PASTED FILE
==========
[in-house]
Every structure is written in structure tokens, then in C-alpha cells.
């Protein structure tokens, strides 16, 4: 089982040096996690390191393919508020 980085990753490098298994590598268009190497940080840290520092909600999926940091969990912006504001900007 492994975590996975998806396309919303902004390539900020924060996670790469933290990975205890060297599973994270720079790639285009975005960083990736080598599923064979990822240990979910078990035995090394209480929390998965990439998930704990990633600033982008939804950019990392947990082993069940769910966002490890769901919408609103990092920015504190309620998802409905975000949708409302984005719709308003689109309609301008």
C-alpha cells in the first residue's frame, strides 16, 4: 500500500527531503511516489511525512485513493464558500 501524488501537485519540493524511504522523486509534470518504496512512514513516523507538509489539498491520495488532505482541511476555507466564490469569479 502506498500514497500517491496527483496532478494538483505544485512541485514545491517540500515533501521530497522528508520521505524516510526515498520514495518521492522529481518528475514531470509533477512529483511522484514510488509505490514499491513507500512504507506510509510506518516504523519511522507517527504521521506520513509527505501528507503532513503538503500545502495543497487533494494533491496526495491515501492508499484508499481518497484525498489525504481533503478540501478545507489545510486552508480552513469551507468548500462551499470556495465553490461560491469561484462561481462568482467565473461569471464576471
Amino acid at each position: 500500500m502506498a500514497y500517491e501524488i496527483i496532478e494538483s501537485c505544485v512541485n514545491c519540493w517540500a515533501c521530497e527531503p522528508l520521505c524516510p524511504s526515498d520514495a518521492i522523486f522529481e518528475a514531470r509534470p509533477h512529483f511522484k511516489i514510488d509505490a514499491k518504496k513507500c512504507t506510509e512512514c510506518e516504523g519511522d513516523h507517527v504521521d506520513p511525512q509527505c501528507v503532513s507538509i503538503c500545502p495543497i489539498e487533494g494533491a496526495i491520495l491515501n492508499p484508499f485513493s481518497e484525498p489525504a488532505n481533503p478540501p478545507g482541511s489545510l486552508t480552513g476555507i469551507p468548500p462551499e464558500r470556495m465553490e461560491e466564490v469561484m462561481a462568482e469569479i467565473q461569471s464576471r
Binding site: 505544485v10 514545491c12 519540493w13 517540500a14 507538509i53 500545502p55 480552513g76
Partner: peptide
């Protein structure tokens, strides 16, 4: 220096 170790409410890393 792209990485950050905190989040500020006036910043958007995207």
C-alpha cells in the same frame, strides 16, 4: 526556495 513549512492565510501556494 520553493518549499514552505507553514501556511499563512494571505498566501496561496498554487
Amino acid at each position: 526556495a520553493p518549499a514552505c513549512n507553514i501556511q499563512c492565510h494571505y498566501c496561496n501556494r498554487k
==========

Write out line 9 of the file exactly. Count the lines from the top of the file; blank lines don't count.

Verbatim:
C-alpha cells in the same frame, strides 16, 4: 526556495 513549512492565510501556494 520553493518549499514552505507553514501556511499563512494571505498566501496561496498554487